Who is to say that Canada, Costa Rica, Norway, Estonia, Turkey, Bhutan or–the goddess forbid–Australia is not the “greatest” country? How is universal “greatness” as a nation defined? One would have had to have lived in many places and have done many different things in order to make such a distinction (I do not mention Aotearoa simply because we all know that it is Godzone). And if one did in fact live in many places doing many different things, it is more likely that s/he would be at a loss to pick one single place as being above all of the rest in every respect. That is what liminality can do to a person–it makes it impossible to speak about culture or nationality in absolute or definitive terms. I say this even though I am fully aware of the canard that states that “there is no place like home,” whereby expats use the experience of living abroad to reaffirm their loyalty to their nation of origin (my parents did this for most of their lives). That may be true in some but not all instances, and I would argue that the more countries one lives in the less able s/he is to make such an assertion.
In any event, I write this as a person born in the US, raised and subsequently lived as an adult in Argentina and other Latin American as well as European and SE Asian countries, who resides permanently in NZ while continuing to travel to Australia, the US and elsewhere for professional and personal reasons. That pretty much defines my liminality, which I am not entirely sure is a bad thing.
The outcome of the latest Greek election is not surprising. When faced with uncertainty and dire predictions of collective and individual doom in the event that radical change occurs, voters often tend to go with the status quo or what is already in place. Confronted with the “valley of transition” to an unknown future, voters rationally calculate that their interests are best served by staying with what is known rather than leap into the unknown. Add to that the orchestrated litany of woes predicted by bankers, capitalist-oriented politicians, and lender nations, who pretty much predicted the end of the world as we know it if Greece were to default on its debts and withdraw from the Eurozone currency market, and it is easy to see why a plurality of Greeks decided to stay with the hand that they have been dealt with.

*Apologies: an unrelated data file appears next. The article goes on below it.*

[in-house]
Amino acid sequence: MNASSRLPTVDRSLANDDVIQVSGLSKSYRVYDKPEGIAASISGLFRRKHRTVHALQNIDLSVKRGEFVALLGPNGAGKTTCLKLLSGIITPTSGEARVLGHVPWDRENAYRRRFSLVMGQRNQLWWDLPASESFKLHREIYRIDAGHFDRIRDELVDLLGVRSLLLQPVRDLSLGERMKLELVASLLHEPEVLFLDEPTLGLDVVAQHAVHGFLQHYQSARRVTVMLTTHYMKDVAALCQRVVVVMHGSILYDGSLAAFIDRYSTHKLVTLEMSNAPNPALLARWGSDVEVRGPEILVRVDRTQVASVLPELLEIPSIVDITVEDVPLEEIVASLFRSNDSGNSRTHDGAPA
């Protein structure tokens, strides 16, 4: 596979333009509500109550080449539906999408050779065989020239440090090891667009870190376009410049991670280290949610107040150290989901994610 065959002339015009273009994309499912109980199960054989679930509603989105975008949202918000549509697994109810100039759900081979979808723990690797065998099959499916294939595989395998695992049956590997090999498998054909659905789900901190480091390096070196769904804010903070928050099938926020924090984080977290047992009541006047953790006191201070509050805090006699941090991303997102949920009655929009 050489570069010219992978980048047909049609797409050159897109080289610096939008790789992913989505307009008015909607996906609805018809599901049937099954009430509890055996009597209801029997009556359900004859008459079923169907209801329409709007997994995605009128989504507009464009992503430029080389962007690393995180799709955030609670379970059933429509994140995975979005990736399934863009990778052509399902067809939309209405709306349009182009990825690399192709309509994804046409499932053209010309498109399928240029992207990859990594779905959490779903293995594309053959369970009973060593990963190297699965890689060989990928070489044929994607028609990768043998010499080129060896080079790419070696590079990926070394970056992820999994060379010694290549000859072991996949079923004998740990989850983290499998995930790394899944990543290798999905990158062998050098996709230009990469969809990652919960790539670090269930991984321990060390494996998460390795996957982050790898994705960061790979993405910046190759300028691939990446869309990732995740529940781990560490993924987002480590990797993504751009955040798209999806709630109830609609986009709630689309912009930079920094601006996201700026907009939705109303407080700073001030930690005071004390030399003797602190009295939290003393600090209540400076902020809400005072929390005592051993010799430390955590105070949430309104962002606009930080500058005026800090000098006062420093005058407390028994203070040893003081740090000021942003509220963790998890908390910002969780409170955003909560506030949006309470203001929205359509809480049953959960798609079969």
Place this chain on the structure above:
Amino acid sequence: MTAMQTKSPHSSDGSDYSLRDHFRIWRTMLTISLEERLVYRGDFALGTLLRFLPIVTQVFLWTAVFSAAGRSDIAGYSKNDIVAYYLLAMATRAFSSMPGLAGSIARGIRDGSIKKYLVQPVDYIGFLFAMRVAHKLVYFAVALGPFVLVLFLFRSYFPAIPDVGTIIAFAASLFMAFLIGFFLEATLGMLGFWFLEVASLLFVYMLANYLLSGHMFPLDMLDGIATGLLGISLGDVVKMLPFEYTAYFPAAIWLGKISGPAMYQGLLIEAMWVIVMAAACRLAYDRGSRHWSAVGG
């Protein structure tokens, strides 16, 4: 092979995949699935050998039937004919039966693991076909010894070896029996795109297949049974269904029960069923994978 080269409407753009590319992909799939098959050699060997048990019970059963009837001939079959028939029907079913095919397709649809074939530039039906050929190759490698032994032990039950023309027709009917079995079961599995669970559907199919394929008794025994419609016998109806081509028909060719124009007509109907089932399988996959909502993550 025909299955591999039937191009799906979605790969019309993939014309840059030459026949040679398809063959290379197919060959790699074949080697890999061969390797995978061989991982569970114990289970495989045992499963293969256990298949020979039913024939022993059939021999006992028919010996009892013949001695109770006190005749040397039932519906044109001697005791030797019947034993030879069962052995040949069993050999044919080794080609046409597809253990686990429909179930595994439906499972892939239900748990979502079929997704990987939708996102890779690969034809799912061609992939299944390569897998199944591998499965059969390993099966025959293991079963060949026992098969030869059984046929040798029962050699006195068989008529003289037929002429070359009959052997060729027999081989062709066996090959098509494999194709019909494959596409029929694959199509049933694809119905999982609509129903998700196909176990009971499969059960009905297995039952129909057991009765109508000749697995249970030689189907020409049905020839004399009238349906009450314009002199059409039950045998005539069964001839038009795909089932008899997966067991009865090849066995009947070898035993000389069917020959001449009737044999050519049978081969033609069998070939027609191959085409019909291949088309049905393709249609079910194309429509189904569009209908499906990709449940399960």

The trouble is that hand, in the form of a New Democracy/PASOK coalition (the so-called “bailout coalition”) is exactly the hand that got Greece into the debt crisis in the first place. It was first New Democracy, then PASOK governments that set new records of corruption, clientalism, patronage and nepotism while running up the public debt on state-centered labor absorption and entitlement projects that did nothing for productivity or the revitalization of the Greek private sector (which remains fragmented and dominated by oligarchic interests in the few globally viable Greek industries such as shipping). It is to this pro-Euro political cabal that the responsibility for “rescuing” Greece is entrusted. That is not going to happen.
True, the terms of the bailout will be relaxed even further now that a pro-Euro government can be formed. That much is clear given that Andrea Merkel has hinted that the repayment terms can be “softened.” The hard truth is that repayment can be softened because what is being repaid in Greece is the compound interest on the foreign loans. The logic is that of the credit card: the issuer of the card would prefer for users to not pay off their total debt on a monthly basis and instead accumulate interest-accruing cumulative debt while paying off less than the total owed. If the user reachers a credit limit with interest debt accruing, the limit is raised. If the user defaults on the debt after a series of credit limit raises, measures are taken to seize assets of worth comparable to the outstanding amount.
States are different than individual credit card users because as sovereign entities they can avoid asset seizure on home soil even while bankrupt. As Argentina proved in 2000, they can default and renegotiate the terms of debt repayment according to local conditions (after Argentina defaulted on its foreign debts it was eventually able to negotiate a repayment to creditors of US 36 cents on every dollar owed. The creditors took the deal, then began lending again, albeit more cautiously. The devalued Argentine peso sparked an export boom of agricultural commodities that led to post-default growth rates unseen for 50 years). The short-term impact of default can be painful (witness the run on Greek banks as people try to cash in and export Euros), but measures can be taken to curtail capital flight and to mitigate the deleterious effects of moving to a devalued currency (the Argentines did this by placing stringent limits on currency transfers abroad in the first months after they de-coupled the Argentine peso from the US dollar while at the same time issuing interest-bearing government bonds to dollar holders in the amount valid at the exchange rate of the day before the de-coupling). Greece has not adopted any of these measures as of yet, but that is because a pro-Euro caretaker government, as well as the PASOK government that preceded it, wanted to heighten the sense of doom should an anti-Euro coalition look to be winning majority support.